US4759894 *Oct 24, 1986Jul 26, 1988International Business Machines CorporationMethod and apparatus for producing an ultra-high controlled transient temperature with an electrical discharge
US5585696 *Dec 4, 1992Dec 17, 1996Mitsubishi Denki Kabushiki KaishaHigh current density glow discharge switch
US5597993 *Jun 7, 1995Jan 28, 1997Mitsubishi Denki Kabushiki KaishaVacuum interrupter
US5646386 *Jun 7, 1995Jul 8, 1997Mitsubishi Denki Kabushiki KaishaVacuum interrupter
US5896407 *Jul 22, 1997Apr 20, 1999Japan Atomic Energy Research InstituteHigh-efficiency plasma confining method, laser oscillating method and laser oscillator
US7323821Nov 30, 2005Jan 29, 2008Qimonda AgDevice for generating and/or influencing electromagnetic radiation from a plasma
US8242695 *Apr 13, 2010Aug 14, 2012Ushio Denki Kabushiki KaishaLaser driven light source
US8525138 *Feb 9, 2011Sep 3, 2013Energetiq Technology, Inc.Laser-driven light source
US8969841Oct 9, 2014Mar 3, 2015Energetiq Technology, Inc.Light source for generating light from a laser sustained plasma in a above-atmospheric pressure chamber
US9048000Aug 12, 2013Jun 2, 2015Energetiq Technology, Inc.High brightness laser-driven light source
US9185786Jul 31, 2014Nov 10, 2015Energetiq Technology, Inc.Laser-driven light source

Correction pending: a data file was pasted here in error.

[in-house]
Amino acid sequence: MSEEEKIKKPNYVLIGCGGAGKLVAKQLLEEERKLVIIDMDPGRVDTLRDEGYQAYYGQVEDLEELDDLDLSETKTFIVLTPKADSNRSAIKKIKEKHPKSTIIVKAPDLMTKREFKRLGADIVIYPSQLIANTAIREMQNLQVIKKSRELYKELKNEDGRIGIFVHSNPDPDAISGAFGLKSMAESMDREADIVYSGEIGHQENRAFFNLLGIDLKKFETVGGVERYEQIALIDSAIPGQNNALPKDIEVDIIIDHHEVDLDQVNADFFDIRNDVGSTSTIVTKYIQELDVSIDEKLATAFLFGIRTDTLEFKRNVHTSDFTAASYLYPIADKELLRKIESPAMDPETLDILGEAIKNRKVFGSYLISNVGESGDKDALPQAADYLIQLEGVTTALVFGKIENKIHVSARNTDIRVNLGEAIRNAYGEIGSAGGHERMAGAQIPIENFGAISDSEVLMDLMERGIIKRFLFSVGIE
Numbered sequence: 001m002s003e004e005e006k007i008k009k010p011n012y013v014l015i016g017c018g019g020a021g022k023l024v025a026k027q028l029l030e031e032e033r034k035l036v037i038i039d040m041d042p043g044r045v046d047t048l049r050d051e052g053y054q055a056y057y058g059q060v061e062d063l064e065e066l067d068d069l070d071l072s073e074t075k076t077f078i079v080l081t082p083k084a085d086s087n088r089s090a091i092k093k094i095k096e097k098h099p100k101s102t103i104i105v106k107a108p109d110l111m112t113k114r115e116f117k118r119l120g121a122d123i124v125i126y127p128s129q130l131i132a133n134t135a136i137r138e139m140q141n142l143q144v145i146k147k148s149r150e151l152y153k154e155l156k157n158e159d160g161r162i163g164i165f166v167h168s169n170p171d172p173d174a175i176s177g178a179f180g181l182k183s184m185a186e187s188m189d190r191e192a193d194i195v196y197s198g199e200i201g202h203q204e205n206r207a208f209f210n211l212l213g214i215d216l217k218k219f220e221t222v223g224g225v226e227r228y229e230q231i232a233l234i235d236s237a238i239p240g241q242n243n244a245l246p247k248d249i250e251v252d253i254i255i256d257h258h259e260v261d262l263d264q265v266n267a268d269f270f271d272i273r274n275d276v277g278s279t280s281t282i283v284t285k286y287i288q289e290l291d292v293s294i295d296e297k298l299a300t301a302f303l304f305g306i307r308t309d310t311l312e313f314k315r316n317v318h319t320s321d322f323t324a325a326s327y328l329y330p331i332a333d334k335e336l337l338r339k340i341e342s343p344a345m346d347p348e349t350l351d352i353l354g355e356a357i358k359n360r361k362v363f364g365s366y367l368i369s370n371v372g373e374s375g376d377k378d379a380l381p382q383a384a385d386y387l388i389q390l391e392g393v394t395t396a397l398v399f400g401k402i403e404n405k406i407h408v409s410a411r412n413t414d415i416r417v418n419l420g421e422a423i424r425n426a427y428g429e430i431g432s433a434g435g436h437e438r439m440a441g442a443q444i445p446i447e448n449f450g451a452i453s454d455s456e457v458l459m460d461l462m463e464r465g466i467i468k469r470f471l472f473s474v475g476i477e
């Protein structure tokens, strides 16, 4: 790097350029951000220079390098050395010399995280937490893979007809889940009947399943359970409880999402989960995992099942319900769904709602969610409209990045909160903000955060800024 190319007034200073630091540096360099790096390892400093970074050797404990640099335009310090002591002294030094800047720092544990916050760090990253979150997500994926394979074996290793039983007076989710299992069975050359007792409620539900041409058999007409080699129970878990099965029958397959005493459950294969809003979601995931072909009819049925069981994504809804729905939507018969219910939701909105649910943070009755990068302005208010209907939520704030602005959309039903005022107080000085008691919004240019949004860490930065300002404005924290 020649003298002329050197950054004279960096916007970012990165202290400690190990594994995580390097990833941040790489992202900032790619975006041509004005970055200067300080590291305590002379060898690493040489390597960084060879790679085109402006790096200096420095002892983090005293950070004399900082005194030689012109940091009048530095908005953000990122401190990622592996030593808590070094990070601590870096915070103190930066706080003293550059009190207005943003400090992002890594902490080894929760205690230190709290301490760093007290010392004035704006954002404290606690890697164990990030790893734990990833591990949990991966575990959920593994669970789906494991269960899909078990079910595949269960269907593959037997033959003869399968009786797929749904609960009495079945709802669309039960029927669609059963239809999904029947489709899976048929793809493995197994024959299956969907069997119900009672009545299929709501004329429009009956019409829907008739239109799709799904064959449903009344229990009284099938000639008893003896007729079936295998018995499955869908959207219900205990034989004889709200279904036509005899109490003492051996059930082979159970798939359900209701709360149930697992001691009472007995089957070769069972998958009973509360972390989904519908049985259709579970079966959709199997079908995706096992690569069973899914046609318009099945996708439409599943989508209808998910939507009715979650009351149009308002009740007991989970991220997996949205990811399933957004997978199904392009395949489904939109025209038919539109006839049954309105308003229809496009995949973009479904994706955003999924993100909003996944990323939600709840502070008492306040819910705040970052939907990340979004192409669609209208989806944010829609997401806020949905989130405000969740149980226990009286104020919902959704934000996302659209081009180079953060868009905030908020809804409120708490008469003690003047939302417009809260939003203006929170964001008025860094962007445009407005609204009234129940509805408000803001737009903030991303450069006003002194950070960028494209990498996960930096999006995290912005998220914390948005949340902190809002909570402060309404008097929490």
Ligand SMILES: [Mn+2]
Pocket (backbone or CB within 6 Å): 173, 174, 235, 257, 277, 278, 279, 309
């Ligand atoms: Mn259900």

US20060132046 *Nov 30, 2005Jun 22, 2006Siegfried SchwarzlDevice for generating and/or influencing electromagnetic radiation from a plasma
US20100264820 *Oct 21, 2010Ushio Denki Kabushiki KaishaLaser driven light source
US20110181191 *Jul 28, 2011Energetiq Technology, Inc.Laser-Driven Light Source
DE10325151A1 *May 30, 2003Jan 5, 2005Infineon Technologies AgVorrichtung für die Erzeugung und/oder Beeinflussung elektromagnetischer Strahlung eines Plasmas
DE10325151B4 *May 30, 2003Nov 30, 2006Infineon Technologies AgVorrichtung für die Erzeugung und/oder Beeinflussung elektromagnetischer Strahlung eines Plasmas
U.S. Classification315/111.71, 315/150, 376/122, 376/915, 313/161, 376/100, 376/121
International ClassificationH05H1/22, H05H1/10
Cooperative ClassificationY02E30/126, G21B1/23, H05H1/10, Y10S376/915
European ClassificationG21B1/23, H05H1/10